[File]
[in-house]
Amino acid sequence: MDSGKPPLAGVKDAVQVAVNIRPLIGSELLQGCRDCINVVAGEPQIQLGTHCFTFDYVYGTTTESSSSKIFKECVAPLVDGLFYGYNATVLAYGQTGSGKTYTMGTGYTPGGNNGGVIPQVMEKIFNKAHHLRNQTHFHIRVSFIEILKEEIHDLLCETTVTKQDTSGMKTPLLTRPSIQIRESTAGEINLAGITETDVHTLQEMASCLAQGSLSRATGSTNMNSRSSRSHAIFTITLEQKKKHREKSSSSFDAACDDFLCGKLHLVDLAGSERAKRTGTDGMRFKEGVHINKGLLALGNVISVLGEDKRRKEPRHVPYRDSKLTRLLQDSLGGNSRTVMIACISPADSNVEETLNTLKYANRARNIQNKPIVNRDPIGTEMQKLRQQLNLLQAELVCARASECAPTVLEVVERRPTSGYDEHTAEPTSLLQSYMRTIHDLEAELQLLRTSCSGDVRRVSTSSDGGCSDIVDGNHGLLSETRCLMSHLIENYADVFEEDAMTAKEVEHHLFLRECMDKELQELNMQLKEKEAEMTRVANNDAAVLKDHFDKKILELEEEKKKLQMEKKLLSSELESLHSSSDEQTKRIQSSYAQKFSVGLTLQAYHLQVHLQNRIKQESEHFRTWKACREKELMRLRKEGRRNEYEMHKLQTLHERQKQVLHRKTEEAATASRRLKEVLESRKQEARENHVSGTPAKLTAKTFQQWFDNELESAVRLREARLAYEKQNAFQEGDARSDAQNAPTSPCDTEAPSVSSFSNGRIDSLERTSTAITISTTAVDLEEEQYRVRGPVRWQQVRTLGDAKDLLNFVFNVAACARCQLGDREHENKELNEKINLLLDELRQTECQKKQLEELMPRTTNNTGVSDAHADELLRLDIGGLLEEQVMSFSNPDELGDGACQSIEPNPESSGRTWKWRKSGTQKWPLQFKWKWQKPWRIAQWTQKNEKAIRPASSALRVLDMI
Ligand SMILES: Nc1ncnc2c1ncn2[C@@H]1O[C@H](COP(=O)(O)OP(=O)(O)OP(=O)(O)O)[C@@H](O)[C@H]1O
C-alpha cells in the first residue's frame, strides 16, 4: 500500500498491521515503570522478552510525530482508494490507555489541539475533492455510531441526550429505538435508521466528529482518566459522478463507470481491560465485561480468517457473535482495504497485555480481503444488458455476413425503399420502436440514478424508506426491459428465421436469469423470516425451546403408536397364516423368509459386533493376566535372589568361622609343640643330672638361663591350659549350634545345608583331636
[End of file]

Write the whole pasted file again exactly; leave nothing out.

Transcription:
[in-house]
Amino acid sequence: MDSGKPPLAGVKDAVQVAVNIRPLIGSELLQGCRDCINVVAGEPQIQLGTHCFTFDYVYGTTTESSSSKIFKECVAPLVDGLFYGYNATVLAYGQTGSGKTYTMGTGYTPGGNNGGVIPQVMEKIFNKAHHLRNQTHFHIRVSFIEILKEEIHDLLCETTVTKQDTSGMKTPLLTRPSIQIRESTAGEINLAGITETDVHTLQEMASCLAQGSLSRATGSTNMNSRSSRSHAIFTITLEQKKKHREKSSSSFDAACDDFLCGKLHLVDLAGSERAKRTGTDGMRFKEGVHINKGLLALGNVISVLGEDKRRKEPRHVPYRDSKLTRLLQDSLGGNSRTVMIACISPADSNVEETLNTLKYANRARNIQNKPIVNRDPIGTEMQKLRQQLNLLQAELVCARASECAPTVLEVVERRPTSGYDEHTAEPTSLLQSYMRTIHDLEAELQLLRTSCSGDVRRVSTSSDGGCSDIVDGNHGLLSETRCLMSHLIENYADVFEEDAMTAKEVEHHLFLRECMDKELQELNMQLKEKEAEMTRVANNDAAVLKDHFDKKILELEEEKKKLQMEKKLLSSELESLHSSSDEQTKRIQSSYAQKFSVGLTLQAYHLQVHLQNRIKQESEHFRTWKACREKELMRLRKEGRRNEYEMHKLQTLHERQKQVLHRKTEEAATASRRLKEVLESRKQEARENHVSGTPAKLTAKTFQQWFDNELESAVRLREARLAYEKQNAFQEGDARSDAQNAPTSPCDTEAPSVSSFSNGRIDSLERTSTAITISTTAVDLEEEQYRVRGPVRWQQVRTLGDAKDLLNFVFNVAACARCQLGDREHENKELNEKINLLLDELRQTECQKKQLEELMPRTTNNTGVSDAHADELLRLDIGGLLEEQVMSFSNPDELGDGACQSIEPNPESSGRTWKWRKSGTQKWPLQFKWKWQKPWRIAQWTQKNEKAIRPASSALRVLDMI
Ligand SMILES: Nc1ncnc2c1ncn2[C@@H]1O[C@H](COP(=O)(O)OP(=O)(O)OP(=O)(O)O)[C@@H](O)[C@H]1O
C-alpha cells in the first residue's frame, strides 16, 4: 500500500498491521515503570522478552510525530482508494490507555489541539475533492455510531441526550429505538435508521466528529482518566459522478463507470481491560465485561480468517457473535482495504497485555480481503444488458455476413425503399420502436440514478424508506426491459428465421436469469423470516425451546403408536397364516423368509459386533493376566535372589568361622609343640643330672638361663591350659549350634545345608583331636